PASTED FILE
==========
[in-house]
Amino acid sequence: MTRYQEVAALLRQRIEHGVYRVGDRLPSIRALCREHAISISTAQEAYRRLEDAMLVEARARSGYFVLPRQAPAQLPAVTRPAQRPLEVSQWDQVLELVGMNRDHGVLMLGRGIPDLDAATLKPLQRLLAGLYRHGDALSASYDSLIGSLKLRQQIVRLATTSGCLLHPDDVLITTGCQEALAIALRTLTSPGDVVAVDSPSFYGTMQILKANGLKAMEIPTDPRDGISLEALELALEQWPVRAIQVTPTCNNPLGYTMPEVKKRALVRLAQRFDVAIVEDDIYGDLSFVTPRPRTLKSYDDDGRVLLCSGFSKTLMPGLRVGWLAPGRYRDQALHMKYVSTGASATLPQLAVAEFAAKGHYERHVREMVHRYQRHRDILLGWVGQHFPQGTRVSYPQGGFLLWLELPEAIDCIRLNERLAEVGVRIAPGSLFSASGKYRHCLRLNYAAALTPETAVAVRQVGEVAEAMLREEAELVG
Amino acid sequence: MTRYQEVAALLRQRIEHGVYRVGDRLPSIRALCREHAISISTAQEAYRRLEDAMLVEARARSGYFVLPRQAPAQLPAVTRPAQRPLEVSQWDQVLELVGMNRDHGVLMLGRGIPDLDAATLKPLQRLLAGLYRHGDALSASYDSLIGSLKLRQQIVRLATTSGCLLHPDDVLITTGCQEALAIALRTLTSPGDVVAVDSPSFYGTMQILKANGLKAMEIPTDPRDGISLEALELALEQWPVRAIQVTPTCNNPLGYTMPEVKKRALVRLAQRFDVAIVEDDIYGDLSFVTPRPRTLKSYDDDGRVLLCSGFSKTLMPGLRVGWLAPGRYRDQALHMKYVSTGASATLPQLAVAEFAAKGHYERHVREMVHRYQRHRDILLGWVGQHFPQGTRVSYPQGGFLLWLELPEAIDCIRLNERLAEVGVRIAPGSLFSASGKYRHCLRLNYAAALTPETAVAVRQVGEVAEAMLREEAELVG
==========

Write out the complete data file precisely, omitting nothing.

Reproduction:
[in-house]
Amino acid sequence: MTRYQEVAALLRQRIEHGVYRVGDRLPSIRALCREHAISISTAQEAYRRLEDAMLVEARARSGYFVLPRQAPAQLPAVTRPAQRPLEVSQWDQVLELVGMNRDHGVLMLGRGIPDLDAATLKPLQRLLAGLYRHGDALSASYDSLIGSLKLRQQIVRLATTSGCLLHPDDVLITTGCQEALAIALRTLTSPGDVVAVDSPSFYGTMQILKANGLKAMEIPTDPRDGISLEALELALEQWPVRAIQVTPTCNNPLGYTMPEVKKRALVRLAQRFDVAIVEDDIYGDLSFVTPRPRTLKSYDDDGRVLLCSGFSKTLMPGLRVGWLAPGRYRDQALHMKYVSTGASATLPQLAVAEFAAKGHYERHVREMVHRYQRHRDILLGWVGQHFPQGTRVSYPQGGFLLWLELPEAIDCIRLNERLAEVGVRIAPGSLFSASGKYRHCLRLNYAAALTPETAVAVRQVGEVAEAMLREEAELVG
Amino acid sequence: MTRYQEVAALLRQRIEHGVYRVGDRLPSIRALCREHAISISTAQEAYRRLEDAMLVEARARSGYFVLPRQAPAQLPAVTRPAQRPLEVSQWDQVLELVGMNRDHGVLMLGRGIPDLDAATLKPLQRLLAGLYRHGDALSASYDSLIGSLKLRQQIVRLATTSGCLLHPDDVLITTGCQEALAIALRTLTSPGDVVAVDSPSFYGTMQILKANGLKAMEIPTDPRDGISLEALELALEQWPVRAIQVTPTCNNPLGYTMPEVKKRALVRLAQRFDVAIVEDDIYGDLSFVTPRPRTLKSYDDDGRVLLCSGFSKTLMPGLRVGWLAPGRYRDQALHMKYVSTGASATLPQLAVAEFAAKGHYERHVREMVHRYQRHRDILLGWVGQHFPQGTRVSYPQGGFLLWLELPEAIDCIRLNERLAEVGVRIAPGSLFSASGKYRHCLRLNYAAALTPETAVAVRQVGEVAEAMLREEAELVG